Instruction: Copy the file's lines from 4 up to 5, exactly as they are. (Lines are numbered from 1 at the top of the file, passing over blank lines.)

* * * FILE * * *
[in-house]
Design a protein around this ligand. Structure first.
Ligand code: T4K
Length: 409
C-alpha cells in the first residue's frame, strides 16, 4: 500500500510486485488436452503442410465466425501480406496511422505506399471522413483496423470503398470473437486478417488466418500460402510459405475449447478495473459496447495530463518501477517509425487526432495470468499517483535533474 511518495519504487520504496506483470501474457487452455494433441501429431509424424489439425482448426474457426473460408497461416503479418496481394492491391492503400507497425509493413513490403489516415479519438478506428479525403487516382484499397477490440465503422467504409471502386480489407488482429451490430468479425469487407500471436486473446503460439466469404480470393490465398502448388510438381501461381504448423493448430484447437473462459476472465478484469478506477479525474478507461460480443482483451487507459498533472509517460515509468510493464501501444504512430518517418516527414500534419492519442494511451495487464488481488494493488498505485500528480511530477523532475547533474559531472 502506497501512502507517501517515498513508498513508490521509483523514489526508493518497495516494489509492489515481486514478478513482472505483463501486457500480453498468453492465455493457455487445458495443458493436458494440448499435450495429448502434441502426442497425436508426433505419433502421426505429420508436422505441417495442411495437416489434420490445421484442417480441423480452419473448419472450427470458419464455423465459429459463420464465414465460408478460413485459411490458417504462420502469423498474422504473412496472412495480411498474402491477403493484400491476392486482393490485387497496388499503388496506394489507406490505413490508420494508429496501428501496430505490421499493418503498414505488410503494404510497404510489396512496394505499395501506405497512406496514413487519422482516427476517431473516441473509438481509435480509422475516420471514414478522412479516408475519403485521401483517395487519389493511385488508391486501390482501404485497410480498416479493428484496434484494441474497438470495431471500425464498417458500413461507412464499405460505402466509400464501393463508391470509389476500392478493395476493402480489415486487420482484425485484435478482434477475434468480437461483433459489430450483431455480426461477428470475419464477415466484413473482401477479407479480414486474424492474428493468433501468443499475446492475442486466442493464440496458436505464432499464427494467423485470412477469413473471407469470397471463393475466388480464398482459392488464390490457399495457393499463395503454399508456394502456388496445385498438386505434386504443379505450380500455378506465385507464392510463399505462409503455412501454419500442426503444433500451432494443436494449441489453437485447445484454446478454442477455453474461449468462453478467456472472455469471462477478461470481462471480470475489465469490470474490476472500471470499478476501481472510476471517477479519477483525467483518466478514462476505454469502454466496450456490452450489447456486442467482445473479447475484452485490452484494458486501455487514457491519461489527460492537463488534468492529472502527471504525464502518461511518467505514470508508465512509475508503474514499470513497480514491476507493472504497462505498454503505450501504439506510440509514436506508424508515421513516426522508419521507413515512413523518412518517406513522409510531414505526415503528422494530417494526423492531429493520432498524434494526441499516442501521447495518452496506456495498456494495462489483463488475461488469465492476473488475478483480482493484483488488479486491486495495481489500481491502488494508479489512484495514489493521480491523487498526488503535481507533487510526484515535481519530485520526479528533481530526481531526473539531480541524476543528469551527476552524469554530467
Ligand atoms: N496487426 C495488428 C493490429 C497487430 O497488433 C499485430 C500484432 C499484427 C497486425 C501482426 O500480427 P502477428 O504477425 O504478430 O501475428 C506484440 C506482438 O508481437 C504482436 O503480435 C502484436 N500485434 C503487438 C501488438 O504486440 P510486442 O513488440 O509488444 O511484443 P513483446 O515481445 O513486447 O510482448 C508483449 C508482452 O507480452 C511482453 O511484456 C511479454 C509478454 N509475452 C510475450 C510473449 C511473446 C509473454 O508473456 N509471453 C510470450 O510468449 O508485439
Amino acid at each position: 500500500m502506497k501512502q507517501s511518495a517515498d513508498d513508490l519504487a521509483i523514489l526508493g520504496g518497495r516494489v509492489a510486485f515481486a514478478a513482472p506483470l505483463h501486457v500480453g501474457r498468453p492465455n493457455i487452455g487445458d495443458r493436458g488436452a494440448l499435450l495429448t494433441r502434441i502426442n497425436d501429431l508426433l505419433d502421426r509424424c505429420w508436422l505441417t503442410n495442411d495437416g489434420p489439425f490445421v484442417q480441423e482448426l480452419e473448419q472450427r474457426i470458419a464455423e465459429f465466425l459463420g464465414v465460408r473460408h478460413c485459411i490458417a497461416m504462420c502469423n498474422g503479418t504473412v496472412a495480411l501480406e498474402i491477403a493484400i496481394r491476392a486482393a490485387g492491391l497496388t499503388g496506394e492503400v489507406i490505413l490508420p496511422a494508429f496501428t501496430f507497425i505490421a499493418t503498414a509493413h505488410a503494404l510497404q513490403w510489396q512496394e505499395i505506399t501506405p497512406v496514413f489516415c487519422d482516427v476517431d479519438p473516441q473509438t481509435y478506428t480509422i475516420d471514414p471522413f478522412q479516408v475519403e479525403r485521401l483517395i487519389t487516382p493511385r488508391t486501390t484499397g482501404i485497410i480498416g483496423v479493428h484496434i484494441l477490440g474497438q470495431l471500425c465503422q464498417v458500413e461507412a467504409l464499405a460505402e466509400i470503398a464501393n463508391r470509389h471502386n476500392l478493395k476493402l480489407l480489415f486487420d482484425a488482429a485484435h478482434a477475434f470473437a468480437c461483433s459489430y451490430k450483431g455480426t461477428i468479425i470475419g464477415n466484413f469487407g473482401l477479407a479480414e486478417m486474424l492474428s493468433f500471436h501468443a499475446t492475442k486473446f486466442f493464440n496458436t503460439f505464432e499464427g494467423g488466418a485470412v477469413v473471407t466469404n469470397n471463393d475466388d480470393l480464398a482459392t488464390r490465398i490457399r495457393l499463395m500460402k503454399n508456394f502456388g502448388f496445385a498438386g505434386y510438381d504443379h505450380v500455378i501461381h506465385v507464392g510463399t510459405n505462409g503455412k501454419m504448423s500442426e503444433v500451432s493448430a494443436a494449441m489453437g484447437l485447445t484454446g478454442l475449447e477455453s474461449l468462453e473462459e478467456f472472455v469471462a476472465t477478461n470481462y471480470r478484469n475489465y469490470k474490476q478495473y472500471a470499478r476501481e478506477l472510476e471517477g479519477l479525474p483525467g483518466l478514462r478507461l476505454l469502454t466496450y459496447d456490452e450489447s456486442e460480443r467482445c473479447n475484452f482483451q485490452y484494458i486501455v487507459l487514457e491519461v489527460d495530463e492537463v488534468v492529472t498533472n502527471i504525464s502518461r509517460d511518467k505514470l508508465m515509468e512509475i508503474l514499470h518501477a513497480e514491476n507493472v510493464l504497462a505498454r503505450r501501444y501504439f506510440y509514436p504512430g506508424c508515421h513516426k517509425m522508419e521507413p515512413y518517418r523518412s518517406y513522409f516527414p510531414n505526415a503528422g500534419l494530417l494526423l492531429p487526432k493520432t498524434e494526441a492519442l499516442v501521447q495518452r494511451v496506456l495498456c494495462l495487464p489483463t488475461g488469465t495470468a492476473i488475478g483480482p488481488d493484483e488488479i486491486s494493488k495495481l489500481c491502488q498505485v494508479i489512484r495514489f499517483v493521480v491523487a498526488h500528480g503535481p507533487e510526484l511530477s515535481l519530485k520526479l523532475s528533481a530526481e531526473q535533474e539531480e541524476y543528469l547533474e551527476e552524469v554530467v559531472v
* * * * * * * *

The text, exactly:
Length: 409
C-alpha cells in the first residue's frame, strides 16, 4: 500500500510486485488436452503442410465466425501480406496511422505506399471522413483496423470503398470473437486478417488466418500460402510459405475449447478495473459496447495530463518501477517509425487526432495470468499517483535533474 511518495519504487520504496506483470501474457487452455494433441501429431509424424489439425482448426474457426473460408497461416503479418496481394492491391492503400507497425509493413513490403489516415479519438478506428479525403487516382484499397477490440465503422467504409471502386480489407488482429451490430468479425469487407500471436486473446503460439466469404480470393490465398502448388510438381501461381504448423493448430484447437473462459476472465478484469478506477479525474478507461460480443482483451487507459498533472509517460515509468510493464501501444504512430518517418516527414500534419492519442494511451495487464488481488494493488498505485500528480511530477523532475547533474559531472 502506497501512502507517501517515498513508498513508490521509483523514489526508493518497495516494489509492489515481486514478478513482472505483463501486457500480453498468453492465455493457455487445458495443458493436458494440448499435450495429448502434441502426442497425436508426433505419433502421426505429420508436422505441417495442411495437416489434420490445421484442417480441423480452419473448419472450427470458419464455423465459429459463420464465414465460408478460413485459411490458417504462420502469423498474422504473412496472412495480411498474402491477403493484400491476392486482393490485387497496388499503388496506394489507406490505413490508420494508429496501428501496430505490421499493418503498414505488410503494404510497404510489396512496394505499395501506405497512406496514413487519422482516427476517431473516441473509438481509435480509422475516420471514414478522412479516408475519403485521401483517395487519389493511385488508391486501390482501404485497410480498416479493428484496434484494441474497438470495431471500425464498417458500413461507412464499405460505402466509400464501393463508391470509389476500392478493395476493402480489415486487420482484425485484435478482434477475434468480437461483433459489430450483431455480426461477428470475419464477415466484413473482401477479407479480414486474424492474428493468433501468443499475446492475442486466442493464440496458436505464432499464427494467423485470412477469413473471407469470397471463393475466388480464398482459392488464390490457399495457393499463395503454399508456394502456388496445385498438386505434386504443379505450380500455378506465385507464392510463399505462409503455412501454419500442426503444433500451432494443436494449441489453437485447445484454446478454442477455453474461449468462453478467456472472455469471462477478461470481462471480470475489465469490470474490476472500471470499478476501481472510476471517477479519477483525467483518466478514462476505454469502454466496450456490452450489447456486442467482445473479447475484452485490452484494458486501455487514457491519461489527460492537463488534468492529472502527471504525464502518461511518467505514470508508465512509475508503474514499470513497480514491476507493472504497462505498454503505450501504439506510440509514436506508424508515421513516426522508419521507413515512413523518412518517406513522409510531414505526415503528422494530417494526423492531429493520432498524434494526441499516442501521447495518452496506456495498456494495462489483463488475461488469465492476473488475478483480482493484483488488479486491486495495481489500481491502488494508479489512484495514489493521480491523487498526488503535481507533487510526484515535481519530485520526479528533481530526481531526473539531480541524476543528469551527476552524469554530467